MySource:Jlanoux/Interview with Wayne S Woody, by Judith Lanoux Smith

MySource Interview with Wayne S Woody, by Judith Lanoux Smith
Year range -
Surname Gardner
Interview with Wayne S Woody, by Judith Lanoux Smith.

11 Apr 2011: Interview subject: William Jennings Gardner

My mother's [Mary Frances Shaffer] family (the Shaffers) had a long association with University of the South at Sewannee, Tennessee. Her parents spent the summers there, renting a house for the season. William Gardner was the football coach at the school. It was here that my mother, Mary Francis Shaffer, met him when she was about 16 years old. He was 15 years older than her. [This would have been roughly about 1912.] She became attracted to him. Her mother opposed any relationship because of his Indian blood. He began writing to Mary Frances, but her mother intercepted the letters — going so far as to pick the mail up at the Post Office. Mary Frances never knew of these letters. Mr. Gardner eventually quit writing, believing that his advances had been spurned.

Mr. Gardner married a socialite from Michigan and had a few children. He kept in touch and visited Mary Frances several times and we have pictures with him and his children from one of these visits. Wayne believes that Mary Frances considered him the "love of her life."

Years later, out of the blue, Mr. Gardner called Mary Frances at her home in New Orleans. [This would be about 1946 when Wayne was about 14 years old.] He was happy to find that she was "available." They were married two weeks later at the Shaffer family home, Ardoyne, in Terrebonne Parish, Louisiana. Wayne attended the wedding.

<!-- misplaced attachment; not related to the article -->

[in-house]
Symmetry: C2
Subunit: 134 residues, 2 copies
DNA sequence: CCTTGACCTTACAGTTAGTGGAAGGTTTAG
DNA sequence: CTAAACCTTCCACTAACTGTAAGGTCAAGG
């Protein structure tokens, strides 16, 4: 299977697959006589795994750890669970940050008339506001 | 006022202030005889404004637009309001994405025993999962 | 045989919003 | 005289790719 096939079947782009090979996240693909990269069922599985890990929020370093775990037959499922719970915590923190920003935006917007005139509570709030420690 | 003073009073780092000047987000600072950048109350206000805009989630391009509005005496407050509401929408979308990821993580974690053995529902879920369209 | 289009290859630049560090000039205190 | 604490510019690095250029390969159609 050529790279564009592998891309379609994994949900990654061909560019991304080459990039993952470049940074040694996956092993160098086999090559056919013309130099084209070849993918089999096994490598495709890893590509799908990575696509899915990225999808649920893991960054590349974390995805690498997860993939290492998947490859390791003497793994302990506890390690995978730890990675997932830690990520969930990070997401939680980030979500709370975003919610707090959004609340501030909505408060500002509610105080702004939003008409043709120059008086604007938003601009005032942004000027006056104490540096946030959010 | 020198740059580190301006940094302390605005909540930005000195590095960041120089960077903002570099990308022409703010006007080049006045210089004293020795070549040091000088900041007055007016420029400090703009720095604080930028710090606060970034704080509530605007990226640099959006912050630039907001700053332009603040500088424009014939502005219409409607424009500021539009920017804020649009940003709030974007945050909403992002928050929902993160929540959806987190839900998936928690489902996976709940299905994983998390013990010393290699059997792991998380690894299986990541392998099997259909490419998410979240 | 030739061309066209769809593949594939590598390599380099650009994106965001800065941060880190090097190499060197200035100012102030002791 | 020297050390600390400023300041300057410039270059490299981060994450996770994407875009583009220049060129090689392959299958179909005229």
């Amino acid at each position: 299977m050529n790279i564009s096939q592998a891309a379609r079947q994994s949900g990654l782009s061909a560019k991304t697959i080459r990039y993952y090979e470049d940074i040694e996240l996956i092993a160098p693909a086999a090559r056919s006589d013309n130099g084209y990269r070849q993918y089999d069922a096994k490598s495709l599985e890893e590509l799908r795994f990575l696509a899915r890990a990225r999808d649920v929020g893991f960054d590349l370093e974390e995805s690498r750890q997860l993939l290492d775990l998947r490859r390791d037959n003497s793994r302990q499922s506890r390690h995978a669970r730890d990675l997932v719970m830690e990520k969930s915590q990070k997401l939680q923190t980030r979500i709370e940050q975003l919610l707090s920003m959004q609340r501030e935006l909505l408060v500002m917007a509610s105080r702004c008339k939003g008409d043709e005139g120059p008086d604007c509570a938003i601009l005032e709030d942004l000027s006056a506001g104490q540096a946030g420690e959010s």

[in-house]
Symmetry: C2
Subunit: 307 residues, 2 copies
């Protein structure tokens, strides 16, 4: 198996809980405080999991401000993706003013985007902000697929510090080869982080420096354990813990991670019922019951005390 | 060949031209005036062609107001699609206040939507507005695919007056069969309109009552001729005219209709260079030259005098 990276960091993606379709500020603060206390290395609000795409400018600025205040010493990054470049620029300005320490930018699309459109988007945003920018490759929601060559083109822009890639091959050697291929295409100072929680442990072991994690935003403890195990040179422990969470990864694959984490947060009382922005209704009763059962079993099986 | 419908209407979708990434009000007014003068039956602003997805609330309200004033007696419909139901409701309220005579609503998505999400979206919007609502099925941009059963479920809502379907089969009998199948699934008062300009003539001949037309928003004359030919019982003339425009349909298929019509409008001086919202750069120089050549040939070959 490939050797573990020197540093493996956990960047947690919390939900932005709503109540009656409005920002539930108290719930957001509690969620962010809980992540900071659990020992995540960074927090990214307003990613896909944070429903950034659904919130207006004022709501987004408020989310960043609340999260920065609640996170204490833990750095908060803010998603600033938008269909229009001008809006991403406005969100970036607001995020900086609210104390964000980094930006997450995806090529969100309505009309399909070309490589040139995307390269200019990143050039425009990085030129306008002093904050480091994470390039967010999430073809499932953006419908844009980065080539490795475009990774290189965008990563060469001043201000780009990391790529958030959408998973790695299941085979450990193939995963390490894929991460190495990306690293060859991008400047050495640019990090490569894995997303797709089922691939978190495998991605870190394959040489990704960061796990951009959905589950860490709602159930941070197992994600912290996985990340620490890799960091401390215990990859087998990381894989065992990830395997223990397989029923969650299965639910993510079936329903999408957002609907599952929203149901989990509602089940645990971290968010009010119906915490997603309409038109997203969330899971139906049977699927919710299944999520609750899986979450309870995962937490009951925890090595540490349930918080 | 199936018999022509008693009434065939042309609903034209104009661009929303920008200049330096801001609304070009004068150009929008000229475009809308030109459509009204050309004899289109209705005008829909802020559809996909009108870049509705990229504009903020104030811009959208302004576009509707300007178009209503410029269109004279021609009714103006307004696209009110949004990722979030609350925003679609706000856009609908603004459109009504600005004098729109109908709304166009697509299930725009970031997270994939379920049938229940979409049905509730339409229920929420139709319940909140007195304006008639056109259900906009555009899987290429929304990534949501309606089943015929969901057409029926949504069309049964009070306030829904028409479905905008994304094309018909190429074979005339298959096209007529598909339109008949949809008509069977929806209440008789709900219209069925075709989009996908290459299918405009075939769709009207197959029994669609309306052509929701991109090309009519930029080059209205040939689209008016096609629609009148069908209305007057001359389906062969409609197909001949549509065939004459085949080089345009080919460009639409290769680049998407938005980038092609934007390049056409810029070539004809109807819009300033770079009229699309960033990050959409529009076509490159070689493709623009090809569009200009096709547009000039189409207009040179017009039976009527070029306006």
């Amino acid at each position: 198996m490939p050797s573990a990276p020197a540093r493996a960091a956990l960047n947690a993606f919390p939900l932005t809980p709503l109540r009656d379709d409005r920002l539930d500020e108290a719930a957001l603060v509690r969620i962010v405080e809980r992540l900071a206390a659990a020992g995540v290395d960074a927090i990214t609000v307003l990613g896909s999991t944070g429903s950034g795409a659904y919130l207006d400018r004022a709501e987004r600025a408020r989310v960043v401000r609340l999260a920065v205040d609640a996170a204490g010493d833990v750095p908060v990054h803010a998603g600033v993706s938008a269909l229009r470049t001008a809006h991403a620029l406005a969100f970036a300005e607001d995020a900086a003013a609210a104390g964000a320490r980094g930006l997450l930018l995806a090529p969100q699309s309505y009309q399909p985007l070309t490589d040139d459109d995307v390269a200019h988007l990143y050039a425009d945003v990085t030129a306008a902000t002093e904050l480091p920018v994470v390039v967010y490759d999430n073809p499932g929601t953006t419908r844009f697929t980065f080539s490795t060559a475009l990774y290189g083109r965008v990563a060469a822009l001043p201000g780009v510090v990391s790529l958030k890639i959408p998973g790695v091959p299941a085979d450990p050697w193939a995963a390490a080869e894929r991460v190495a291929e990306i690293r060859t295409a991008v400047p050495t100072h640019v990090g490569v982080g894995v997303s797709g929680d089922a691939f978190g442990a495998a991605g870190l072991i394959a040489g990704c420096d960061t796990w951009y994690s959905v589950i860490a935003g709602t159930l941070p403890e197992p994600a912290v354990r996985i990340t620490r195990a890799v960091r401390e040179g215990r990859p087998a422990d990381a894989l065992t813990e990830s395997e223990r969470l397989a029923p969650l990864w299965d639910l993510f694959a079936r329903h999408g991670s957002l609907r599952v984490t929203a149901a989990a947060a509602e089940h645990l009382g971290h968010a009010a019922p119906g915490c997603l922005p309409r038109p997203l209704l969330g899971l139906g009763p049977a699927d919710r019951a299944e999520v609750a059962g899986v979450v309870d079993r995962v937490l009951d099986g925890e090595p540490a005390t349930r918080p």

There was trouble in paradise and things soon fell apart. Mr. Gardner had a drinking problem. He had a pension check from his World War I service since he had been gassed. When the check arrived, Mr. Gardner would disappear for several days, returning after the money was gone. On the first occasion, Mary Francis took Wayne and went searching for William, checking all of the drinking dens in the French Quarter of New Orleans. They did find him in a small cell in one of these places. His monthly disappearances continued. Wayne also remembers that he would have a bottle hidden next to his chair in the living room and would drink throughout the evening and that once, entering Mr. Gardner's room, he saw several bottles, vermouth, whiskey, etc. — all empty.

The couple separated less than a year after the wedding. Mr. Gardner didn't return home after one of his disappearances. Mary Frances got a legal separation, but never divorced him. Wayne believes that Mr. Gardner couldn't deal with the shame associated with his drinking and just left, rather than face her. He is remembered as a very nice, personable, gentle man.